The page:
Flesh and bone
When we look at horses, we tend to see them as strong, powerful, indestructible beings. We may even look at them as different than us. Perhaps we see them as being perfectly designed to do the things we ask (or force) them to do.
We're All the Same Under the Skin
While horses are mighty to be sure, they are also vulnerable to aches, pain, and even permanent damage like we are. Why?
Because horses' bodies are made of the same stuff as us.
Injury is common (too common!)
When I conduct Wellness Evaluations, I find signs of chronic physical damage 90% of the time. Why is that number so high? Because most horse owners, even the majority of trainers (sorry folks but it's true - I was one of them myself for a long time), don't know that the way they are working with their horses is harmful.
Take a look at that list of body structures again.
When a horse is asked to use his body in a mechanically unsound way, beyond his physiological capabilities, before he's strong enough or mature enough, the body makes adjustments. Bony changes (arthritis, inflammation) occur to "strengthen" the body against the excessive forces. Tendons and ligaments are stressed, become inflamed, micro-tear, and eventual tear if the pressure on them continues. Muscle protects itself from damage by developing scar tissue which makes it weak, inflexible, painful, and less functional. Cartilage breaks down and synovial fluid thins, making joints ache and dysfunctional. Organs are affected too. Stress releases stress hormones that damage all tissues and affect every system.
Pure Joy Horse Haven is populated with horses that that have chronic physical ailments because of what their bodies have gone through. We have young horses that were put into hard training before they could handle it. We have horses that were asked to carry a rider without proper cardiovascular or musculoskeletal conditioning. Some have been worked to the point of exhaustion, run (or be chased) at high speeds for extended periods of time, and compelled to use their bodies in ways that defy their natural physical functionality.
Poor saddle fit, riders with lopsided seats, and poor leading, lunging, and riding techniques don't help either.
Do No Harm
We do no harm by understanding and accepting that our horses are not inherently designed to do all the things we ask of them. They are also not physically "at the ready" for anything we throw at them. They need to be carefully prepared, body and mind, to handle our requests. We also need to make sure our expectations match, not exceed, our horse's capabilities.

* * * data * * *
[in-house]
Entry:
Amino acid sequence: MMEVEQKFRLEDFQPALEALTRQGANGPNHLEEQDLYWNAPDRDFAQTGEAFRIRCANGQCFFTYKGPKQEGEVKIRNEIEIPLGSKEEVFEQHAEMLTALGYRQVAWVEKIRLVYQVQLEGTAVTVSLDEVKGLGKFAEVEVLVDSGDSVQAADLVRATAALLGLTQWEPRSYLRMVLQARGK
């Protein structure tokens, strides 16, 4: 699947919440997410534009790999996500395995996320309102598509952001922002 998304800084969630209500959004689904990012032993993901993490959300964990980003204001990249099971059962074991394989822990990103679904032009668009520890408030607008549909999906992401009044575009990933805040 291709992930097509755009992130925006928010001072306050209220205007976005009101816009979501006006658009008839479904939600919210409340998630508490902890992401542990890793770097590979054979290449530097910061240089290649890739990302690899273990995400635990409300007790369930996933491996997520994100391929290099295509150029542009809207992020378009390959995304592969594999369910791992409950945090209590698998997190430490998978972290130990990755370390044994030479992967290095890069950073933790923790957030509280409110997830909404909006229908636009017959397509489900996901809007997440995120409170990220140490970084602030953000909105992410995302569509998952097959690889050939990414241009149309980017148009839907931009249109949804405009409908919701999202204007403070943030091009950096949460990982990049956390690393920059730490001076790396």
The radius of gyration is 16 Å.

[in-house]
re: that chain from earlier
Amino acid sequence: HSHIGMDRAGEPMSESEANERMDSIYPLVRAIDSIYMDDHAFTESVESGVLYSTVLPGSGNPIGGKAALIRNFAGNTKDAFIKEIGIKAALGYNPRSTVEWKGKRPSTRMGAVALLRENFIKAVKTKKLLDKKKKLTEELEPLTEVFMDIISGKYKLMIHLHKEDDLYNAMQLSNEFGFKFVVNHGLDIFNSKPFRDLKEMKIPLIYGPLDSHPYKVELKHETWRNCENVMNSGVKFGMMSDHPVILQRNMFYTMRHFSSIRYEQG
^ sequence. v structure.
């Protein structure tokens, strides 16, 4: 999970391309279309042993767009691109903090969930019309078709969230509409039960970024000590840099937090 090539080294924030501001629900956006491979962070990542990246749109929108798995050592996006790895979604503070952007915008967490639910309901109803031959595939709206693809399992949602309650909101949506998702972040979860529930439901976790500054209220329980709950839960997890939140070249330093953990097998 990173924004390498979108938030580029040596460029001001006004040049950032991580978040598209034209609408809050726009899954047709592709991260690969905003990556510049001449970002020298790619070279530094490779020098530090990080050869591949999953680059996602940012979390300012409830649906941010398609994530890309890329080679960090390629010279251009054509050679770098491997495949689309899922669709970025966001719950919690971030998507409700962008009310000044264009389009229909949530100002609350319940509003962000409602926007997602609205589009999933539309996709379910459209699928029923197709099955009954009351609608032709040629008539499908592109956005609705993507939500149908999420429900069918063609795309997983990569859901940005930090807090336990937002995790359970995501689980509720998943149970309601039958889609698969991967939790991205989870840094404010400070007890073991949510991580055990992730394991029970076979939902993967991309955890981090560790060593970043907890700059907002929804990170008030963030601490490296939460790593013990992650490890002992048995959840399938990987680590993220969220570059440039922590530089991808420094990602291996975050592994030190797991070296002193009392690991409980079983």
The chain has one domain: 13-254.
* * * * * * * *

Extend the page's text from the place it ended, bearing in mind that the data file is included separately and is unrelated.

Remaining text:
That Means Change
We need to learn how to handle our horses in a way that not only prevents damage but IMPROVES him so he is able to perform tasks comfortably, happily, and healthily.
That takes EFFORT and TIME. You will have to systematically condition your horse on a regular basis to make sure flesh and bone are properly conditioned and resistant to injury. You will also have to learn how to work with and ride you horse in a healthy way! That might mean you'll have to seek out evidence-based, humane, knowledgeable people to guide you. Don't worry. They are out there.
It also takes saying NO to the person (friend or professional) who is telling your horse is okay when you know he or she is not. That's not easy, I know, but your horse is counting on you.
It also means you need to recognize the signs of distress or upset, such as bucking, biting, kicking, rearing, bolting, refusal to move, refusal to stop, spooking, avoiding the saddle or rider, opening the mouth or chewing on the bit, panicking, refusing to be caught, etc. Don't cover up these very important pieces of information your horse is communicating to you by punishing your horse. If you ignore the signs and push harder, your horse will continue to suffer and become more damaged.
It's worth it
Yeah, I'm asking for a lot but the difference it will make for you and your horse will reward you a thousand fold. I promise. I also promise that working with a horse whose body is healthy and comfortable can do all the things you want to do effortlessly.
Yep. Horse training should be pretty darn effortless. The fighting, excitement, and theatrics are not doing you or your horse any good. Think about that, then let me know in the comments how you're going to help your horse have a happier healthier life.